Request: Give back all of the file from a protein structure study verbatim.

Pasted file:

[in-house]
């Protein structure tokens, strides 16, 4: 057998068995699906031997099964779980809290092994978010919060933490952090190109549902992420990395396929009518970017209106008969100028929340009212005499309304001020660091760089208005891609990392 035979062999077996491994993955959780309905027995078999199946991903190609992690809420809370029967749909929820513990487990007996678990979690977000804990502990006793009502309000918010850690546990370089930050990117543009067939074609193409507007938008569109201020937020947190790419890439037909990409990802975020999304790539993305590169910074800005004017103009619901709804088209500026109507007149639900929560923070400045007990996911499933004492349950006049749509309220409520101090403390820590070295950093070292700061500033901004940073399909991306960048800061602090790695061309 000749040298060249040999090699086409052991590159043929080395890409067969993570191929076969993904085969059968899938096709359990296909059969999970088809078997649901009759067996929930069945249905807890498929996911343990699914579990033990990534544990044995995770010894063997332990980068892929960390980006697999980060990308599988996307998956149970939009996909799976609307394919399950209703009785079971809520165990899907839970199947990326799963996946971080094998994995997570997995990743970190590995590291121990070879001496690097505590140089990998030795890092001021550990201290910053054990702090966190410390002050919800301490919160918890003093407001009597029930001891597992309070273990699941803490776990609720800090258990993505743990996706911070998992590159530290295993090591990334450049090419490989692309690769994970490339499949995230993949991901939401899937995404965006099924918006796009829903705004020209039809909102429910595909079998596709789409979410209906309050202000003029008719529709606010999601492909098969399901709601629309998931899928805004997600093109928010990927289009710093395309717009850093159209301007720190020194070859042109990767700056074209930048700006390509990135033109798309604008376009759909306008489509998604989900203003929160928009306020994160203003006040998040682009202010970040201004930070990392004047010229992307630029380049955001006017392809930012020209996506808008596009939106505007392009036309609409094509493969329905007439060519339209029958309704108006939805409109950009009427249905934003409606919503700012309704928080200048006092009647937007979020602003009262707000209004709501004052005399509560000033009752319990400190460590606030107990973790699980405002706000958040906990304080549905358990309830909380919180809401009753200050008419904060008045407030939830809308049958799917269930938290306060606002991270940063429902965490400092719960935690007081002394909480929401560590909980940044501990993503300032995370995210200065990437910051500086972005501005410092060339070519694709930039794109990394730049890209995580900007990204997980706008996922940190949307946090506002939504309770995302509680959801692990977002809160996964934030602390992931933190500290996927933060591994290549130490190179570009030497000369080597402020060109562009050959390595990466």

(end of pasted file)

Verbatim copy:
[in-house]
């Protein structure tokens, strides 16, 4: 057998068995699906031997099964779980809290092994978010919060933490952090190109549902992420990395396929009518970017209106008969100028929340009212005499309304001020660091760089208005891609990392 035979062999077996491994993955959780309905027995078999199946991903190609992690809420809370029967749909929820513990487990007996678990979690977000804990502990006793009502309000918010850690546990370089930050990117543009067939074609193409507007938008569109201020937020947190790419890439037909990409990802975020999304790539993305590169910074800005004017103009619901709804088209500026109507007149639900929560923070400045007990996911499933004492349950006049749509309220409520101090403390820590070295950093070292700061500033901004940073399909991306960048800061602090790695061309 000749040298060249040999090699086409052991590159043929080395890409067969993570191929076969993904085969059968899938096709359990296909059969999970088809078997649901009759067996929930069945249905807890498929996911343990699914579990033990990534544990044995995770010894063997332990980068892929960390980006697999980060990308599988996307998956149970939009996909799976609307394919399950209703009785079971809520165990899907839970199947990326799963996946971080094998994995997570997995990743970190590995590291121990070879001496690097505590140089990998030795890092001021550990201290910053054990702090966190410390002050919800301490919160918890003093407001009597029930001891597992309070273990699941803490776990609720800090258990993505743990996706911070998992590159530290295993090591990334450049090419490989692309690769994970490339499949995230993949991901939401899937995404965006099924918006796009829903705004020209039809909102429910595909079998596709789409979410209906309050202000003029008719529709606010999601492909098969399901709601629309998931899928805004997600093109928010990927289009710093395309717009850093159209301007720190020194070859042109990767700056074209930048700006390509990135033109798309604008376009759909306008489509998604989900203003929160928009306020994160203003006040998040682009202010970040201004930070990392004047010229992307630029380049955001006017392809930012020209996506808008596009939106505007392009036309609409094509493969329905007439060519339209029958309704108006939805409109950009009427249905934003409606919503700012309704928080200048006092009647937007979020602003009262707000209004709501004052005399509560000033009752319990400190460590606030107990973790699980405002706000958040906990304080549905358990309830909380919180809401009753200050008419904060008045407030939830809308049958799917269930938290306060606002991270940063429902965490400092719960935690007081002394909480929401560590909980940044501990993503300032995370995210200065990437910051500086972005501005410092060339070519694709930039794109990394730049890209995580900007990204997980706008996922940190949307946090506002939504309770995302509680959801692990977002809160996964934030602390992931933190500290996927933060591994290549130490190179570009030497000369080597402020060109562009050959390595990466």